A provisional estimate of 7.2 per cent growth for 2022-23, announced on Wednesday by the NSO, beats expectations; the same holds true for fourth quarter growth, which came in at 6.1 per cent, against the Reserve Bank of India’s projection of sub-6 per cent. However, the sectoral details, both on the demand and supply side, do reveal chinks which suggest that the current year’s growth could be weighed down by domestic forces, besides global headwinds. Therefore, the RBI would do well to continue with its pause come the June policy, especially with inflation numbers looking less threatening now.

From the demand side, it is apparent that private consumption has not been a big driver of growth. After growing sharply in the first two quarters of FY23, an indication of pent-up demand being released, it flattened to 2.1 per cent in Q3 and 2.9 per cent in Q4 (at constant prices), the absolute figure in Q4 being ₹23.99-lakh crore or 55 per cent of fourth quarter GDP. In sequential terms, private consumption has fallen in Q4 over Q3 — an indication that high inflation and interest rates are eating into purchasing power and confidence. The bright spot is gross fixed capital formation, which was up 8.9 per cent in Q4 (₹15.4-lakh crore), bettering the 7.9 per cent growth in Q3. The rise in capacity utilisation does point to a turnaround in sentiment, but the jury is still out on whether private investment has actually picked up, even as the government and public sector are pushing capex. Private consumption expenditure in constant terms was 58.5 per cent of GDP in FY23, against 58.3 per cent in FY22, while capital formation was up from 32.7 per cent to 34 per cent. Besides capital formation, the fact that net exports are nearly zero but not negative as always, has pushed up the Q4 GDP — but this is a statistical artefact as it does not point to productive forces contributing to growth. A government led capex push may have to continue.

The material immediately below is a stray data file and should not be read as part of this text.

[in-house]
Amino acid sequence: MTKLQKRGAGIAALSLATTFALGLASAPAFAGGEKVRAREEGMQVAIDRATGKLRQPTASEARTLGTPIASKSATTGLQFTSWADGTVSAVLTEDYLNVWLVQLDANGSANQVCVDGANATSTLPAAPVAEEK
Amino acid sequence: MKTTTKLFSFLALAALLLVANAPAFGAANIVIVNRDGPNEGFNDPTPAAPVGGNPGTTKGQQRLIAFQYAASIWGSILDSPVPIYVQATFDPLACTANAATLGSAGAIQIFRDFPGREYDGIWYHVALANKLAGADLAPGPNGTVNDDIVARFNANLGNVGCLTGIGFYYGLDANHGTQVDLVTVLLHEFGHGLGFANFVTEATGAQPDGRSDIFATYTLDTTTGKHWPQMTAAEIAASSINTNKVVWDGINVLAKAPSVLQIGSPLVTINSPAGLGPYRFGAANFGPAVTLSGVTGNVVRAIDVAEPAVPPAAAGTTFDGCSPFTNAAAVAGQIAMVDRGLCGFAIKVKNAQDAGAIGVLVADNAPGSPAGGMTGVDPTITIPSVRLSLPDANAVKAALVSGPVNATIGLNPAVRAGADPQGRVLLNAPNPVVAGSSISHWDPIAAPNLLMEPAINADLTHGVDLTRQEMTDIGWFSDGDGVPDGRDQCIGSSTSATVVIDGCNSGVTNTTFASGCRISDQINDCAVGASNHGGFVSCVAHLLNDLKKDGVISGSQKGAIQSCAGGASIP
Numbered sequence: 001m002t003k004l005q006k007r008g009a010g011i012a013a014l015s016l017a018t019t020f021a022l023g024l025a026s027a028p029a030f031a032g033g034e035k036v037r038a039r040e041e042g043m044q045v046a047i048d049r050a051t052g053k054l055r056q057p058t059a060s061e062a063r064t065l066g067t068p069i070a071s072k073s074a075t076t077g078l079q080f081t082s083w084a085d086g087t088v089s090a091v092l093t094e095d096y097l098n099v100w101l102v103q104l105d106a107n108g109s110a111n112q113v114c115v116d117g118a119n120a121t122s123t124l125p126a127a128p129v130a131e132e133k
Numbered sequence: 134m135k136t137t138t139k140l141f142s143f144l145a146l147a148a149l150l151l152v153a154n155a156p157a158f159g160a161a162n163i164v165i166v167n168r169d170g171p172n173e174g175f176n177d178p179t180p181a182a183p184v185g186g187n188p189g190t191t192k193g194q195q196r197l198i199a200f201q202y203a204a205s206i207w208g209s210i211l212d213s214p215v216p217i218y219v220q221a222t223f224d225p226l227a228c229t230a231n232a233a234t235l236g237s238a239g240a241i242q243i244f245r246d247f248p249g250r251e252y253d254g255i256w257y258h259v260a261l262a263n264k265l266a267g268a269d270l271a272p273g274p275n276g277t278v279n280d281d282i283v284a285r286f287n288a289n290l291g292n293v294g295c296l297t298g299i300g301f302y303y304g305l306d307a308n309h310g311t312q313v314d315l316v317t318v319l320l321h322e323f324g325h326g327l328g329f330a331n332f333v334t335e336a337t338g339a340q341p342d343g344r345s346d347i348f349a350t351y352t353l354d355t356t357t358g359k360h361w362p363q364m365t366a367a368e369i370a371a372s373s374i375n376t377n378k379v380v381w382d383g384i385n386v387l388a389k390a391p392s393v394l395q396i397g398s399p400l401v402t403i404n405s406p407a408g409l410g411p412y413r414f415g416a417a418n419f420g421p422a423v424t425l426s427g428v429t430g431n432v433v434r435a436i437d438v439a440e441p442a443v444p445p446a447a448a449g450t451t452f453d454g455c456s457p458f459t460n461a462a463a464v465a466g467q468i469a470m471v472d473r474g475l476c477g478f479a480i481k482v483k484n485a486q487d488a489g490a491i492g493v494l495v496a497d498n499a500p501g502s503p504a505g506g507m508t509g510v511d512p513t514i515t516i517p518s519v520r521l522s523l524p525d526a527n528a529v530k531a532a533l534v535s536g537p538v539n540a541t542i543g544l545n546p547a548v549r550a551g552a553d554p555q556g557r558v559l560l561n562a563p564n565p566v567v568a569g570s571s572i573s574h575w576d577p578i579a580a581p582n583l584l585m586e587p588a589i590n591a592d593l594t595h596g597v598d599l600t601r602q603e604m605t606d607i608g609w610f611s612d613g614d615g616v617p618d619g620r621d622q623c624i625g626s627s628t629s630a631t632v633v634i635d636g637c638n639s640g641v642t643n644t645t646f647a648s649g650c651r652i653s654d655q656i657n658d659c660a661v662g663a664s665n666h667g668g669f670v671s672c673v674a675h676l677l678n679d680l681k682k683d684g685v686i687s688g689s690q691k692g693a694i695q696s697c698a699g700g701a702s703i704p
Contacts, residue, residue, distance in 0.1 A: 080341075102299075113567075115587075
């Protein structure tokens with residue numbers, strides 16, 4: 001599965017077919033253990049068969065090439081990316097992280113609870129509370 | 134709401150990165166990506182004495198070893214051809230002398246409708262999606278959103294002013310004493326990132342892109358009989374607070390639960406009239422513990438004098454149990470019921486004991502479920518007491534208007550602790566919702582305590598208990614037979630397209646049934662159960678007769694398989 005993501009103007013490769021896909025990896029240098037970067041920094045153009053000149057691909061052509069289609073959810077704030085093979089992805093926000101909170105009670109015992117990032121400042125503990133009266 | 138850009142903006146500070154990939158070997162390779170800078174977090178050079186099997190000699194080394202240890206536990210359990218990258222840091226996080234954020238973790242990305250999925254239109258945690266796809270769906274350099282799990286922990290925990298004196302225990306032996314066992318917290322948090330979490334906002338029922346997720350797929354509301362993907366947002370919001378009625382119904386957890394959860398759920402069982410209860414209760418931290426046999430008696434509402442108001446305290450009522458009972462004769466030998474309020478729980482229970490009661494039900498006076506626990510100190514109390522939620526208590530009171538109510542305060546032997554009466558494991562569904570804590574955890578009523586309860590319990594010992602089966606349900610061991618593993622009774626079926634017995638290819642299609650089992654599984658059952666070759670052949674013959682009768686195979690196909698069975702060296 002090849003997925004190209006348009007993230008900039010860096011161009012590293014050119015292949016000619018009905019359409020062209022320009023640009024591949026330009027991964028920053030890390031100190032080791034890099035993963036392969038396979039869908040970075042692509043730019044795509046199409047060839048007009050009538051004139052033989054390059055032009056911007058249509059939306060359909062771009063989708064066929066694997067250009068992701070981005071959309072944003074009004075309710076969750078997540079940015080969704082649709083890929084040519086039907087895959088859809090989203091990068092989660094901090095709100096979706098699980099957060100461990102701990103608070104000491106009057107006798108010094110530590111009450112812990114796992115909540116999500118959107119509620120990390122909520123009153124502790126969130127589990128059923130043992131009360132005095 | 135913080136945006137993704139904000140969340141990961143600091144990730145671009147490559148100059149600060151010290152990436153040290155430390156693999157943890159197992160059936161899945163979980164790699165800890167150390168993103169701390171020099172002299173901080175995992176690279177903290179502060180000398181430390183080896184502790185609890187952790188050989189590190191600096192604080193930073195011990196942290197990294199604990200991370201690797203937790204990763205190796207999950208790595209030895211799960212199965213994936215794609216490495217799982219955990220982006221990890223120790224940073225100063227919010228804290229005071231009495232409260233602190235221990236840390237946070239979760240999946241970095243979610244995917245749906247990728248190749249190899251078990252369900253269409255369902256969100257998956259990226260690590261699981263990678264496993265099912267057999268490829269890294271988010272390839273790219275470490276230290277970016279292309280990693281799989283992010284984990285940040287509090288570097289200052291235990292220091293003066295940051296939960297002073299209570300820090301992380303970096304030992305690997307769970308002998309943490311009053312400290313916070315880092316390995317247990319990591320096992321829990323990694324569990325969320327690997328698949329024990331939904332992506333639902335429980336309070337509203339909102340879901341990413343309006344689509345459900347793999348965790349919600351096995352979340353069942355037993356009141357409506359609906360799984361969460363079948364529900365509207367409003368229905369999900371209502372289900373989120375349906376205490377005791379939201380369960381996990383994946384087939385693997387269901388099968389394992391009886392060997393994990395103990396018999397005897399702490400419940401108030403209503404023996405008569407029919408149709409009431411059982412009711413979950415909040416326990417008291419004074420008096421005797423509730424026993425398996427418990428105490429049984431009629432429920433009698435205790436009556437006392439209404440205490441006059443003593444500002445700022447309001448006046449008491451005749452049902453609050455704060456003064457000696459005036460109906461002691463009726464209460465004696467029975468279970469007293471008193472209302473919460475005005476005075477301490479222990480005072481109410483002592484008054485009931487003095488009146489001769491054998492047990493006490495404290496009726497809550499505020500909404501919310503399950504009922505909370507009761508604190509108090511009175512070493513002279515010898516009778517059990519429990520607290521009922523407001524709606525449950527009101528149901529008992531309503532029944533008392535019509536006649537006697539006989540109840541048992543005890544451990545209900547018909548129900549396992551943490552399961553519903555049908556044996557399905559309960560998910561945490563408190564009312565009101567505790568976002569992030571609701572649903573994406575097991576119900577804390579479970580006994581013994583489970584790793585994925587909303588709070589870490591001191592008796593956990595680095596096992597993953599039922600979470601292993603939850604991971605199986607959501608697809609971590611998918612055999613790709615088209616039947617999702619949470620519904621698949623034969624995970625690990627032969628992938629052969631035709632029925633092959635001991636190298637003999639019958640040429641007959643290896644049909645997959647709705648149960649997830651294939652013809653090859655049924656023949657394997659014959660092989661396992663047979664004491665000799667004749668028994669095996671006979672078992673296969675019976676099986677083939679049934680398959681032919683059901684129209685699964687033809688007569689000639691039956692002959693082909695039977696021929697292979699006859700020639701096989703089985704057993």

The growth in FY23 has not been broadbased. This is borne out by the 1.3 per cent growth in manufacturing. Post-Covid recovery remains incomplete, with the Ukraine war adding to the disruption. However, it is possible that the worst is over. Fourth quarter manufacturing growth was 4.5 per cent, against negative growth in the preceding two quarters. While agriculture growth at 4 per cent in FY23 looks good, overall growth has been led by trade and hotels (14 per cent) and construction (10 per cent). Manufacturing should bounce back and create quality jobs for growth to look robust.

The RBI Annual Report for 2022-23 flags some concerns. It observes: “Real rural wage growth virtually stagnated in 2022-23 despite a visible uptick in economic activity...” It also points to incomplete post-Covid recovery in the unorganised sector. India is looking at a demand constraint, even as its fundamentals are sound. Demand and supply bottlenecks need to be sorted out.